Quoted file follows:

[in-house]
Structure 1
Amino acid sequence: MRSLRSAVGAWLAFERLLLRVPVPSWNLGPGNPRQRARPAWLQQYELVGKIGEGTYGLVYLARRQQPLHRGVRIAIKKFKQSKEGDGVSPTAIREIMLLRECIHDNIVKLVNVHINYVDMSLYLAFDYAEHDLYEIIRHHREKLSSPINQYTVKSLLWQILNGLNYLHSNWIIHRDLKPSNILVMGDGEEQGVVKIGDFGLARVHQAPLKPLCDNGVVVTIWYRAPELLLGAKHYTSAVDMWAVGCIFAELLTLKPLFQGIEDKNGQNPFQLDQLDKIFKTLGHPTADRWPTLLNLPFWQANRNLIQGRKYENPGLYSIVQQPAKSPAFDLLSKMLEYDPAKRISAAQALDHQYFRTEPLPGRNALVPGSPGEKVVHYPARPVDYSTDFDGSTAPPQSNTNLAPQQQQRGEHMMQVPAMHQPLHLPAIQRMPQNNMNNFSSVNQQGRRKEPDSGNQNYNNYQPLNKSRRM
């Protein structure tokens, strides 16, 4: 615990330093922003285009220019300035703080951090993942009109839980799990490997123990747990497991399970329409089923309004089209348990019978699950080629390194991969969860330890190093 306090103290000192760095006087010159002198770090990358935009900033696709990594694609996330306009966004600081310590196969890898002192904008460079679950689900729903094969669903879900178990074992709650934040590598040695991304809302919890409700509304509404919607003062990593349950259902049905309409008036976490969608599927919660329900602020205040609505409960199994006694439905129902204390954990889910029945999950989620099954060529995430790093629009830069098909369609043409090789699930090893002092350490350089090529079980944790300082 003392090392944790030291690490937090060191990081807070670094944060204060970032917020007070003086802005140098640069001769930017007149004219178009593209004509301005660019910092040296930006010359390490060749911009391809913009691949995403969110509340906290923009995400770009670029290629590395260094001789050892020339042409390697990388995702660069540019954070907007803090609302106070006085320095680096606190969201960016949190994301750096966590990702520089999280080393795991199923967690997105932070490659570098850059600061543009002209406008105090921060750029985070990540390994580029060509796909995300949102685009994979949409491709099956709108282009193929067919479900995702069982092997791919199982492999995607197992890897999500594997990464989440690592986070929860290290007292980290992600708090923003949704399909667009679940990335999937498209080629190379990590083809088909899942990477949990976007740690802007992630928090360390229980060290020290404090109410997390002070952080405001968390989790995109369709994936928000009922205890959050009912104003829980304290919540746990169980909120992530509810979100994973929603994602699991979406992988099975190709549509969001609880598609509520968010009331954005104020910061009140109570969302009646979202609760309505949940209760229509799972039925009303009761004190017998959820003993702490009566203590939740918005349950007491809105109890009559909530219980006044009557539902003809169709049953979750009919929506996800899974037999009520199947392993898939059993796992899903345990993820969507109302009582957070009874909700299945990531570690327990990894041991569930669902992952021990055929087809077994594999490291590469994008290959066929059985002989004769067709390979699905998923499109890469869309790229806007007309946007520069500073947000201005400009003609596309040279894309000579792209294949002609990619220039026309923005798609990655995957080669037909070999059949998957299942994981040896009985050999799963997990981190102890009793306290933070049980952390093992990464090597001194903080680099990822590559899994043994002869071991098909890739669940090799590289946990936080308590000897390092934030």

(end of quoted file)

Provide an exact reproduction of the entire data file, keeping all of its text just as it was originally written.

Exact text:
[in-house]
Structure 1
Amino acid sequence: MRSLRSAVGAWLAFERLLLRVPVPSWNLGPGNPRQRARPAWLQQYELVGKIGEGTYGLVYLARRQQPLHRGVRIAIKKFKQSKEGDGVSPTAIREIMLLRECIHDNIVKLVNVHINYVDMSLYLAFDYAEHDLYEIIRHHREKLSSPINQYTVKSLLWQILNGLNYLHSNWIIHRDLKPSNILVMGDGEEQGVVKIGDFGLARVHQAPLKPLCDNGVVVTIWYRAPELLLGAKHYTSAVDMWAVGCIFAELLTLKPLFQGIEDKNGQNPFQLDQLDKIFKTLGHPTADRWPTLLNLPFWQANRNLIQGRKYENPGLYSIVQQPAKSPAFDLLSKMLEYDPAKRISAAQALDHQYFRTEPLPGRNALVPGSPGEKVVHYPARPVDYSTDFDGSTAPPQSNTNLAPQQQQRGEHMMQVPAMHQPLHLPAIQRMPQNNMNNFSSVNQQGRRKEPDSGNQNYNNYQPLNKSRRM
């Protein structure tokens, strides 16, 4: 615990330093922003285009220019300035703080951090993942009109839980799990490997123990747990497991399970329409089923309004089209348990019978699950080629390194991969969860330890190093 306090103290000192760095006087010159002198770090990358935009900033696709990594694609996330306009966004600081310590196969890898002192904008460079679950689900729903094969669903879900178990074992709650934040590598040695991304809302919890409700509304509404919607003062990593349950259902049905309409008036976490969608599927919660329900602020205040609505409960199994006694439905129902204390954990889910029945999950989620099954060529995430790093629009830069098909369609043409090789699930090893002092350490350089090529079980944790300082 003392090392944790030291690490937090060191990081807070670094944060204060970032917020007070003086802005140098640069001769930017007149004219178009593209004509301005660019910092040296930006010359390490060749911009391809913009691949995403969110509340906290923009995400770009670029290629590395260094001789050892020339042409390697990388995702660069540019954070907007803090609302106070006085320095680096606190969201960016949190994301750096966590990702520089999280080393795991199923967690997105932070490659570098850059600061543009002209406008105090921060750029985070990540390994580029060509796909995300949102685009994979949409491709099956709108282009193929067919479900995702069982092997791919199982492999995607197992890897999500594997990464989440690592986070929860290290007292980290992600708090923003949704399909667009679940990335999937498209080629190379990590083809088909899942990477949990976007740690802007992630928090360390229980060290020290404090109410997390002070952080405001968390989790995109369709994936928000009922205890959050009912104003829980304290919540746990169980909120992530509810979100994973929603994602699991979406992988099975190709549509969001609880598609509520968010009331954005104020910061009140109570969302009646979202609760309505949940209760229509799972039925009303009761004190017998959820003993702490009566203590939740918005349950007491809105109890009559909530219980006044009557539902003809169709049953979750009919929506996800899974037999009520199947392993898939059993796992899903345990993820969507109302009582957070009874909700299945990531570690327990990894041991569930669902992952021990055929087809077994594999490291590469994008290959066929059985002989004769067709390979699905998923499109890469869309790229806007007309946007520069500073947000201005400009003609596309040279894309000579792209294949002609990619220039026309923005798609990655995957080669037909070999059949998957299942994981040896009985050999799963997990981190102890009793306290933070049980952390093992990464090597001194903080680099990822590559899994043994002869071991098909890739669940090799590289946990936080308590000897390092934030």